Dorothy Hatsukami, Ph.D., director of the University of Minnesota Cancer Center's Transdisciplinary Tobacco Use Research Center (TTURC), is the lead author on this study. The 38-week study included 68 active smokers who were randomly assigned to receive one of three different doses of the vaccine or a placebo. The findings are published in the current issue of the journal Clinical Pharmacology and Therapeutics.
"The vaccine works by producing antibodies that specifically bind to nicotine and thereby prevent much of the nicotine from entering the brain," Hatsukami said. "This process potentially reduces the pleasurable effects from smoking and reduces the addiction to nicotine."
The vaccine may become a new option for helping the approximately 45 million people in the United States who smoke. In 2004, the rate for smoking in Minnesota was about the same as the national average of 20.9 percent.
"More research needs to be done, but at this point, our results show the vaccine is safe and well-tolerated," Hatsukami said. "We found the vaccine has few side effects on the central nervous system because the antibody itself is targeted specifically for nicotine and does not alter any functions of the brain."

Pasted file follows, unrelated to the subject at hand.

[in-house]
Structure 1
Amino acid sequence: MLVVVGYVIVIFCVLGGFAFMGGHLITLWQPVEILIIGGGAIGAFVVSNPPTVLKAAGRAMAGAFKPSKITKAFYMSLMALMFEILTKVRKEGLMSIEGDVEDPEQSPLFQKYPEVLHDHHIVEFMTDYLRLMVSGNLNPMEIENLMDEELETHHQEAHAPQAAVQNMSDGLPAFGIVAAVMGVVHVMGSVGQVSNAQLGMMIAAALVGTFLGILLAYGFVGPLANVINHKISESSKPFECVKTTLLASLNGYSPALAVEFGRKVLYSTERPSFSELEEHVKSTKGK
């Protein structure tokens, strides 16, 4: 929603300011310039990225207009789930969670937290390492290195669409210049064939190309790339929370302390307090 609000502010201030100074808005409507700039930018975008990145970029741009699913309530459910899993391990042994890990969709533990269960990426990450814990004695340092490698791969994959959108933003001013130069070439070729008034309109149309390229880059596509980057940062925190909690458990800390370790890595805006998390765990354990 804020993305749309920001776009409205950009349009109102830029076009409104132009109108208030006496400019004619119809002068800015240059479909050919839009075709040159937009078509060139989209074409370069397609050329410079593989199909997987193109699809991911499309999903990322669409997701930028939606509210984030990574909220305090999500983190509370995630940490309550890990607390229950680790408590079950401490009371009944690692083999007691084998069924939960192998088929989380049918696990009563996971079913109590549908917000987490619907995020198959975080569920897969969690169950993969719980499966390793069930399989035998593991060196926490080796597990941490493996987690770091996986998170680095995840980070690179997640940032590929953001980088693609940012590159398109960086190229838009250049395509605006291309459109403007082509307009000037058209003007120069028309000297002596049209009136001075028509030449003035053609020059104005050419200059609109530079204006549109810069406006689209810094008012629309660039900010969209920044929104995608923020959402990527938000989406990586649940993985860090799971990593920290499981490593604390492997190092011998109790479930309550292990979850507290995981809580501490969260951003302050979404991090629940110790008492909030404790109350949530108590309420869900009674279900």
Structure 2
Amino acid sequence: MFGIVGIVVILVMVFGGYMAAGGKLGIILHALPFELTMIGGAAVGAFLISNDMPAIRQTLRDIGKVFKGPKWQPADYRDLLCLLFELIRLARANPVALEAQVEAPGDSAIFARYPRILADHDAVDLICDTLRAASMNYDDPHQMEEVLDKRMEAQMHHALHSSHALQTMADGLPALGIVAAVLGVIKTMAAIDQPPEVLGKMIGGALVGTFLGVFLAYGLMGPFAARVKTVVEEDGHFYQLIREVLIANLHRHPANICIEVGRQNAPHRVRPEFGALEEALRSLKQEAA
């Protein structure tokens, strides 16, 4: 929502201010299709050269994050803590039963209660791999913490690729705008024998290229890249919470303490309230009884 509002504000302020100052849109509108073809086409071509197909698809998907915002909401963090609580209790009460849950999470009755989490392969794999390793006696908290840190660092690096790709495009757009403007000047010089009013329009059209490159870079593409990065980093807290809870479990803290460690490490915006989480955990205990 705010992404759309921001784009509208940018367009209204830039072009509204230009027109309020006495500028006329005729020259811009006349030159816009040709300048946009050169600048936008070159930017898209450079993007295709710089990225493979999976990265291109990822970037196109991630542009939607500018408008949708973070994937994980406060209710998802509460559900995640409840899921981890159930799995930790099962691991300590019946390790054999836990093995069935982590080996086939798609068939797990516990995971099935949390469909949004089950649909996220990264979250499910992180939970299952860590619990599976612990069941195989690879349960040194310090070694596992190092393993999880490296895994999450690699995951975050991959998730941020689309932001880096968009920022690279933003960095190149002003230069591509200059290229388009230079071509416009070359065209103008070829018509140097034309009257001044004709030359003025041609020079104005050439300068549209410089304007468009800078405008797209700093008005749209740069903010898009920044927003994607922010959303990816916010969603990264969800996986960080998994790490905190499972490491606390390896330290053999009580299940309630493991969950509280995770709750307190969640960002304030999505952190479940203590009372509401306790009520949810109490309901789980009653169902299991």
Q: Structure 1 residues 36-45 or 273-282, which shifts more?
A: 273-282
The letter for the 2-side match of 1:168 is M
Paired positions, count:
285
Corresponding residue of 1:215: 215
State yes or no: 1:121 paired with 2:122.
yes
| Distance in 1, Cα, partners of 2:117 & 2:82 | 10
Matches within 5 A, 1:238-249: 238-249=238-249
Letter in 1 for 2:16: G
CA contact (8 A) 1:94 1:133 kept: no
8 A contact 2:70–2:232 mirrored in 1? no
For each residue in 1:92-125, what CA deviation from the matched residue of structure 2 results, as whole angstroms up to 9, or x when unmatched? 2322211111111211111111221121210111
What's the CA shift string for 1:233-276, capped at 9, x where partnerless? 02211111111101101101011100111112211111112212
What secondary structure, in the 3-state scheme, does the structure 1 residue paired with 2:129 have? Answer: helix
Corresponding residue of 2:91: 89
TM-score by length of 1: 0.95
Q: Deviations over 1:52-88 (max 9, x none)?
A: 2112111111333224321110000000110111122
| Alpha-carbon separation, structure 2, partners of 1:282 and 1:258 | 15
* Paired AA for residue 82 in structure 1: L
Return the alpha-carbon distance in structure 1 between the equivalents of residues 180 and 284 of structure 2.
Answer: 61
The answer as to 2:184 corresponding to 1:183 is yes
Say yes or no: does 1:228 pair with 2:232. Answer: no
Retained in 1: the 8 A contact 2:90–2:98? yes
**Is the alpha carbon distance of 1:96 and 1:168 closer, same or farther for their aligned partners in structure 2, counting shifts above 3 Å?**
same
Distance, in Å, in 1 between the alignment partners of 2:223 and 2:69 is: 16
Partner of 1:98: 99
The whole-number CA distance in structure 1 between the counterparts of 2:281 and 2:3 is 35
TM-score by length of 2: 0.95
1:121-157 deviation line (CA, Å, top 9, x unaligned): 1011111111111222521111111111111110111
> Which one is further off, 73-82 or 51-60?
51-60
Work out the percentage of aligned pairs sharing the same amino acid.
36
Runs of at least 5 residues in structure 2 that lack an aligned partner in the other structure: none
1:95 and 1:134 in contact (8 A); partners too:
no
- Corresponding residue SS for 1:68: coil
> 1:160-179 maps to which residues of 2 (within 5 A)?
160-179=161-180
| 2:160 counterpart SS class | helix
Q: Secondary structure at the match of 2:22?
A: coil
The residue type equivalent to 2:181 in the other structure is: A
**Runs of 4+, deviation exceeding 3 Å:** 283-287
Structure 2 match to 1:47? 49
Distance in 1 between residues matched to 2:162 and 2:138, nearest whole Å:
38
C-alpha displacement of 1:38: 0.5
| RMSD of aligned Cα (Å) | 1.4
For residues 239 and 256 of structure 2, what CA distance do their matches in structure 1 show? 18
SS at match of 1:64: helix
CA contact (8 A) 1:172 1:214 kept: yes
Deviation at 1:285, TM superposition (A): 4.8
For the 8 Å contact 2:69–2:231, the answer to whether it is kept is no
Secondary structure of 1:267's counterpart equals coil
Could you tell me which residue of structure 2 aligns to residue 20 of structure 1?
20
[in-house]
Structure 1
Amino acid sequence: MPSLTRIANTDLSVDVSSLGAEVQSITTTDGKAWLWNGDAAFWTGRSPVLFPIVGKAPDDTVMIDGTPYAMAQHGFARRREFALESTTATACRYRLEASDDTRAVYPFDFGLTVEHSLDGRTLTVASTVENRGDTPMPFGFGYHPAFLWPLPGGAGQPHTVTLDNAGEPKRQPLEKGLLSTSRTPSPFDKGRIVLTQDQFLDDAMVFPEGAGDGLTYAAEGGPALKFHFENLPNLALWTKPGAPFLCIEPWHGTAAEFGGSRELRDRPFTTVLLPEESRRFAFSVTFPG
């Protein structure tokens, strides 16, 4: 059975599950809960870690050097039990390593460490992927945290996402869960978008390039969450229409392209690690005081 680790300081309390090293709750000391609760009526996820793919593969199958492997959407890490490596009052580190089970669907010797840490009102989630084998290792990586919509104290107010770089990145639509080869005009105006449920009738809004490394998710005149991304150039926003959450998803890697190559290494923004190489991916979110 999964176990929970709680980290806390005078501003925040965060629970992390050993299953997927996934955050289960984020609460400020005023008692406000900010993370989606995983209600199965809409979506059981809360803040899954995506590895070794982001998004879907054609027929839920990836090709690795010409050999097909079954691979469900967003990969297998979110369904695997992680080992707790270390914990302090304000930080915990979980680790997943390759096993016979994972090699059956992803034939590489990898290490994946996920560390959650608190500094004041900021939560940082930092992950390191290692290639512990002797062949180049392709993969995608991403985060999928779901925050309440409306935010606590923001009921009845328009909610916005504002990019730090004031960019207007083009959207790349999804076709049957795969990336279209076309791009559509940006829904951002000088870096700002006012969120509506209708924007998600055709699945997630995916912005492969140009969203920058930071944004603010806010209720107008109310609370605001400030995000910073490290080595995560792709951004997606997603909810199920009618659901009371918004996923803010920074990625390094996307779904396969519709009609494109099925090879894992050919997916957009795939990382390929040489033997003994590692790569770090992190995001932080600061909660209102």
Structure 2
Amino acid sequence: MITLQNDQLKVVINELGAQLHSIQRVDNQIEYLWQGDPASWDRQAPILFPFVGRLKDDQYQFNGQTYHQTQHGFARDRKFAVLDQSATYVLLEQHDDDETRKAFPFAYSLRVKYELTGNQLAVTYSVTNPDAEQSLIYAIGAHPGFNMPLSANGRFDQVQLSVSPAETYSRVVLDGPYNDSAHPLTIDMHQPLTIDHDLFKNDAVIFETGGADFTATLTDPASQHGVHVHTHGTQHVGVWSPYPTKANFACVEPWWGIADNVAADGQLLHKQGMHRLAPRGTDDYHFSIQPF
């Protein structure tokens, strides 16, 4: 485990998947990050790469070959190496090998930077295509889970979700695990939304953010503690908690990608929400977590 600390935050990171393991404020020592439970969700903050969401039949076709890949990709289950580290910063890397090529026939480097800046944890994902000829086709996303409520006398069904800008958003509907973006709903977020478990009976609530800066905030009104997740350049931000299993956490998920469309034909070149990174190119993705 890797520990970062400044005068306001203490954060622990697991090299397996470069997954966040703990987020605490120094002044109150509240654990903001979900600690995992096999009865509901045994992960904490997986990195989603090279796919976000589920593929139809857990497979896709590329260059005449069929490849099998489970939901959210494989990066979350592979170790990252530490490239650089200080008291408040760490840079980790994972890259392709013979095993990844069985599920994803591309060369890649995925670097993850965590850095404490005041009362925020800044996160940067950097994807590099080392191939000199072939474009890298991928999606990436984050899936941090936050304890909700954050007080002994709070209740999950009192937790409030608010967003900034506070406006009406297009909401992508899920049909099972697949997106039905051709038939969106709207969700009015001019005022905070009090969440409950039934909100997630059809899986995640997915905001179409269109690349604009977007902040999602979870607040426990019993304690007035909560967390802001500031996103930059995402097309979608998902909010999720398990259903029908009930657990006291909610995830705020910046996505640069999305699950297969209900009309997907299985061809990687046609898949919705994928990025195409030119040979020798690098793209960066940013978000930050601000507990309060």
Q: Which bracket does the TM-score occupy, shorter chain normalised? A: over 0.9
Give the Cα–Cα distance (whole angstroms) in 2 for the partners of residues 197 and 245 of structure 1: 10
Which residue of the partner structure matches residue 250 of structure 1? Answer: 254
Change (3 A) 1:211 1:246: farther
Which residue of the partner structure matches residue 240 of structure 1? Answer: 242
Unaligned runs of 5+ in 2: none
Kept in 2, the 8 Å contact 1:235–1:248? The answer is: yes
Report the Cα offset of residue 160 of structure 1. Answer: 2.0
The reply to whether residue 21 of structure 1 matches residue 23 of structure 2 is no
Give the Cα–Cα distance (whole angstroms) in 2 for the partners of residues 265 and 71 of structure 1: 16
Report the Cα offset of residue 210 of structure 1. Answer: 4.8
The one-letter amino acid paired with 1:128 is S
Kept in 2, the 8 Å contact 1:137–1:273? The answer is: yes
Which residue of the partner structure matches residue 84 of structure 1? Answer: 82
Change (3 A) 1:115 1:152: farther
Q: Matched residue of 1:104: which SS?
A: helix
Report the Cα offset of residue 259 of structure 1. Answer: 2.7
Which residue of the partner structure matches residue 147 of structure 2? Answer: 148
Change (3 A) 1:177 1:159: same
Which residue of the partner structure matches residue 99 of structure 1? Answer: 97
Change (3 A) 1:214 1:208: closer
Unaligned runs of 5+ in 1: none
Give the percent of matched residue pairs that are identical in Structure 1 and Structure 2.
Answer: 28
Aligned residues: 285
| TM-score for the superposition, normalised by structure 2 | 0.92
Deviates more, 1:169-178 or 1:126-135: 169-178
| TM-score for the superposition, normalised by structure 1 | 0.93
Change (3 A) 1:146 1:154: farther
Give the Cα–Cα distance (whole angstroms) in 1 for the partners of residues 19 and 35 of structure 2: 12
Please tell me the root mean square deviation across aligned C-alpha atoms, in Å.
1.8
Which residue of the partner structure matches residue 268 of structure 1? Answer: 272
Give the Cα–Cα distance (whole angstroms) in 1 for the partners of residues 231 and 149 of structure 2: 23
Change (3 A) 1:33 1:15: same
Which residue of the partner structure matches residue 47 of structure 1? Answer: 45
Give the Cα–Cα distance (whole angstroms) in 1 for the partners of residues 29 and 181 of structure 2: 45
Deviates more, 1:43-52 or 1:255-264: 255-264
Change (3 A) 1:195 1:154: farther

Additionally, she says that while this study was not designed to test the treatment effect, 38 percent of the participants in the high-dose vaccine group quit smoking for at least 30 days.
"This result was an impressive and completely unexpected finding because the study was not focused on helping smokers quit smoking," she noted. "In fact, to participate in the study, smokers had to attest that they did not have a planned quit date for the next six months."